Results of the HER2CLIMB trial indicate that third-line use of tucatinib, trastuzumab, and capecitabine resulted in improved progression-free survival and overall survival in patients with HER2-positive metastatic breast cancer compared with trastuzumab, capecitabine, and placebo.1

The trial included 480 patients who were randomly assigned to receive trastuzumab-capecitabine with or without tucatinib, a HER2 inhibitor with minimal inhibition of EGFR. Patients in the study had been previously treated with trastuzumab, pertuzumab, and trastuzumab emtansine. Patients with and without brain metastases were included.

Treatment with tucatinib reduced the risk for progression by 46% (hazard ratio [HR], 0.54; 95% CI, 0.42-0.871; P <.001). One-year progression-free survival was 33.1% with the tucatinib combination compared with 12.3% with the placebo combination. The median duration of progression-free survival was 7.8 months in patients who were assigned to receive tucatinib compared with 5.6 months for those in the placebo group.

Tucatinib was also associated with a 34% decrease in the risk of death compared with placebo (HR, 0.66; 95% CI, 0.50-0.88; P =.005). Median overall survival was 21.9 months for the tucatinib combination compared with 17.4 months for placebo.

In an accompanying editorial, Priyank Sharma, MD, of University of Kansas Medical Center, Kansas City, pointed out the important finding that the benefit of tucatinib was maintained in patients with brain metastases.

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The median duration of progression-free survival among patients with brain metastases was 7.6 months in patients assigned tucatinib compared with 5.4 months in the placebo group (HR, 0.48; 95% CI, .34-.69; P <.001).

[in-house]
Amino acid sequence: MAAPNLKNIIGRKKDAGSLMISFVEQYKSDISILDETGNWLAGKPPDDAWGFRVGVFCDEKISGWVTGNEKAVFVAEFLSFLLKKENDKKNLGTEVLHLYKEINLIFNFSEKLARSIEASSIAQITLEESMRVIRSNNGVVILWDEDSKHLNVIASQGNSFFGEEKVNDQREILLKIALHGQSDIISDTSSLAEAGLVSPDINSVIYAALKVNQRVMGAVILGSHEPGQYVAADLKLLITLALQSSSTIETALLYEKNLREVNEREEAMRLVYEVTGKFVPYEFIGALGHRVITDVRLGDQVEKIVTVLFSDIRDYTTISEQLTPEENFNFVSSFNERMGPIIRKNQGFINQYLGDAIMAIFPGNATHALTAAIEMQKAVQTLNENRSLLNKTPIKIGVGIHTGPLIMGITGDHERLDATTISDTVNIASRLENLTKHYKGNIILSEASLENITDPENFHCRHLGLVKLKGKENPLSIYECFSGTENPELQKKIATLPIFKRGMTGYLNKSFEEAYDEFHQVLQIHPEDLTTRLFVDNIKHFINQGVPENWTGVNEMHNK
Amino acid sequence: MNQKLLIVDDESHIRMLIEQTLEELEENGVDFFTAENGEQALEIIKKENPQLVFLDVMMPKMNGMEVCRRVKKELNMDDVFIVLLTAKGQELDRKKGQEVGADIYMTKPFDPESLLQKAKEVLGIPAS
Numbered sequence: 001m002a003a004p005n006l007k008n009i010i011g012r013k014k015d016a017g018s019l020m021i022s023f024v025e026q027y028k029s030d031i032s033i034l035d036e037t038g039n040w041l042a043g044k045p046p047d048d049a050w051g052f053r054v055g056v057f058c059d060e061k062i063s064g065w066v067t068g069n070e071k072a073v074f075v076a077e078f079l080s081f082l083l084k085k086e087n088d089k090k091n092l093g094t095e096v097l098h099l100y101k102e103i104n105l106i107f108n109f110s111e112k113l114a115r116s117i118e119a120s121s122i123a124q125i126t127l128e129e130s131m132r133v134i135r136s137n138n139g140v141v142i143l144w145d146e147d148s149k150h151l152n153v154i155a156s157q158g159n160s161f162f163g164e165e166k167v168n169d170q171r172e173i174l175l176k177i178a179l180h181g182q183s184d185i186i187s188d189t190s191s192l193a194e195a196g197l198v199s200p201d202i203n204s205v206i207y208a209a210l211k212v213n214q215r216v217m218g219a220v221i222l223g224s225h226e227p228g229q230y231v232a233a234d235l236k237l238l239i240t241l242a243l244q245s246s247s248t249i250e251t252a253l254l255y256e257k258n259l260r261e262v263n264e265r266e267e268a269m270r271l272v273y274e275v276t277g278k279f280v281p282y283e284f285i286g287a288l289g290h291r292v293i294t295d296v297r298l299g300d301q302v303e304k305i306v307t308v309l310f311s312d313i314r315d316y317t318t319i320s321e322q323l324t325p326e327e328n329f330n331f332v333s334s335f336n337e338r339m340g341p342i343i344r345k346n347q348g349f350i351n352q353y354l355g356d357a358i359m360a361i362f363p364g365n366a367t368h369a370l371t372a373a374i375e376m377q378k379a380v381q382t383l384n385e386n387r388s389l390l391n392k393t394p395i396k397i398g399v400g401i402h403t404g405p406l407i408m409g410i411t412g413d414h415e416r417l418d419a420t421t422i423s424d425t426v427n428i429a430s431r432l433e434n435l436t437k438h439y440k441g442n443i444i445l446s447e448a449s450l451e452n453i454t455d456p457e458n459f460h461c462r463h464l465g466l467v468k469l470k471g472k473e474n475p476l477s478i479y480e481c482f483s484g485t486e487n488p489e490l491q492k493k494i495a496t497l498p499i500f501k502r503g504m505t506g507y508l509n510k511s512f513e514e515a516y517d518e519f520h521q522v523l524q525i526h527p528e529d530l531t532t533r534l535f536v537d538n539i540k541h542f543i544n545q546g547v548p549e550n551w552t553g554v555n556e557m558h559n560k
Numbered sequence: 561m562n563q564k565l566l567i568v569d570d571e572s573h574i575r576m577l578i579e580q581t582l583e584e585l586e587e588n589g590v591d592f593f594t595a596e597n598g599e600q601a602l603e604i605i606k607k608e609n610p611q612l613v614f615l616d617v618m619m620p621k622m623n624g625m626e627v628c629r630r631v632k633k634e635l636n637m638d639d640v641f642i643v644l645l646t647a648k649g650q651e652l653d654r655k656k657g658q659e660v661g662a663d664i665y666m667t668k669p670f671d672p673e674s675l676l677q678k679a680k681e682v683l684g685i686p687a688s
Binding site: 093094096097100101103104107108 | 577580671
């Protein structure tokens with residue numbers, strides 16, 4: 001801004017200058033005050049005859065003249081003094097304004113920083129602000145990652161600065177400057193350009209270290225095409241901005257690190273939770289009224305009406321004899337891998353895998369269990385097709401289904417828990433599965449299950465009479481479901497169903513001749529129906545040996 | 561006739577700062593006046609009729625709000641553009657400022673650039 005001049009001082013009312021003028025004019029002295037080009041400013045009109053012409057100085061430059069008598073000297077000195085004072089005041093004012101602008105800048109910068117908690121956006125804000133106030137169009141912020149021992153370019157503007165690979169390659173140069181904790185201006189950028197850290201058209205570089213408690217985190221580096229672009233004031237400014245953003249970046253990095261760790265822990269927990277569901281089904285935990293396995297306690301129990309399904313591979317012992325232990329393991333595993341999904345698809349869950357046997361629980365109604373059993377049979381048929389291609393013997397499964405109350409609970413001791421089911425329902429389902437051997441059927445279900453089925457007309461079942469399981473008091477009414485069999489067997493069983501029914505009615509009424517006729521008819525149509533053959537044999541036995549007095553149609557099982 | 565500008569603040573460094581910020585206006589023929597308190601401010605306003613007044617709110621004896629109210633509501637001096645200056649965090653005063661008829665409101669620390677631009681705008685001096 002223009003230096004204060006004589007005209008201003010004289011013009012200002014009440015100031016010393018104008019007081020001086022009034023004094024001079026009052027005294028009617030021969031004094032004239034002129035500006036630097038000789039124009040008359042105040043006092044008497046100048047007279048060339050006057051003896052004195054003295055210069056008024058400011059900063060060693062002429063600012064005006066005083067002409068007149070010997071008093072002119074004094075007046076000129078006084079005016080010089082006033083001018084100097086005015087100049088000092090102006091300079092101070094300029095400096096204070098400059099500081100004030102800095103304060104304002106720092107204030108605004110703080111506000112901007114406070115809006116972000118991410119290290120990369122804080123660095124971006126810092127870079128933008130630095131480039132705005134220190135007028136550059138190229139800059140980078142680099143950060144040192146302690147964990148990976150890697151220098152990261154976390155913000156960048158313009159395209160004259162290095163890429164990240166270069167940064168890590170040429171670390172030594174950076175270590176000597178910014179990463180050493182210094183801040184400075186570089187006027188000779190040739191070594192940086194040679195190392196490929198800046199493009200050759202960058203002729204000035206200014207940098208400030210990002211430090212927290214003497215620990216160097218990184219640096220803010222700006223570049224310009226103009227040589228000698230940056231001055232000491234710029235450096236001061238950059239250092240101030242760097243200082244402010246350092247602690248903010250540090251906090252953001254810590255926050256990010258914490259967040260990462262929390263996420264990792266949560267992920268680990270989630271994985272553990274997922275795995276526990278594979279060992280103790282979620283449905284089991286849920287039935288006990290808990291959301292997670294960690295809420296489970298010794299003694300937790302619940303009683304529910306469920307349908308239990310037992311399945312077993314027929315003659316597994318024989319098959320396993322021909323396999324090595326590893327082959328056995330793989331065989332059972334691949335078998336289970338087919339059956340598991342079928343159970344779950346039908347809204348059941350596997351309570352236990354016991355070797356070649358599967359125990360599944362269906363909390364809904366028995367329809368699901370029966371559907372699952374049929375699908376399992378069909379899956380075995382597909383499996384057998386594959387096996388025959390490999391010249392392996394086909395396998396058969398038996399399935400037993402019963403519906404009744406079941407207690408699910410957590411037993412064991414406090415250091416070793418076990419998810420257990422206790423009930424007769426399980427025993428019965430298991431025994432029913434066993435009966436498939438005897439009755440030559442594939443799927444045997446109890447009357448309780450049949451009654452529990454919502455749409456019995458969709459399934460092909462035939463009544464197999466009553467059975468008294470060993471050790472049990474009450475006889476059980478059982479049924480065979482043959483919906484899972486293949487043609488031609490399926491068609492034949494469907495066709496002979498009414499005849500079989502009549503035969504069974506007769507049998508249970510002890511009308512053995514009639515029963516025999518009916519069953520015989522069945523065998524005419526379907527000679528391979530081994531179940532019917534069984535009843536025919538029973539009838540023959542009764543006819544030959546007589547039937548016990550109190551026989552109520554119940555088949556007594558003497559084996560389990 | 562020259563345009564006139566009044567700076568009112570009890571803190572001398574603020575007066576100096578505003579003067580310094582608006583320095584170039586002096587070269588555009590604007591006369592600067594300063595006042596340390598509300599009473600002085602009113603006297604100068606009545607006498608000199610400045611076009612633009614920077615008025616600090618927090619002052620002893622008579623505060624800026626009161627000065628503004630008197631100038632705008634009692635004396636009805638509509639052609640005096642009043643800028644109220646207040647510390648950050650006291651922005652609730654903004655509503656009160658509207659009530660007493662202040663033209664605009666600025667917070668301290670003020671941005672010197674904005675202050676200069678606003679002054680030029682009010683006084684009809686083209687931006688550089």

“Whether the observed [central nervous system] efficacy is a result of intracranial response in progressive or untreated disease, a delay in or prevention of new brain lesions in patients with treated disease, or both remains to be seen,” Dr Sharma wrote in an accompanying editorial.2

She also pointed out the low rate of drug discontinuation due to adverse events seen with tucatinib (5.7%).

“The remarkable results of the HER2CLIMB trial are bound to be practice changing for patients with HER2-positive metastatic breast cancer who have undergone previous therapy with trastuzumab, pertuzumab, and trastuzumab emtansine, and additional details regarding [central nervous system] activity will further refine the placement of tucatinib in treatment algorithms,” Dr Sharma wrote.

References

  1. Murthy RK, Loi S, Okines A, et al. Tucatinib, trastuzumab, and capecitabine for HER2-positive metastatic breast cancer. N Engl J Med. 2020;doi:10.1056/NEJMoa1914609.
  2. Sharma P. Major strides in HER2 blockade for metastatic breast cancer [published online February 13, 2020].  N Engl J Med. doi: 10.1056/NEJMe1916310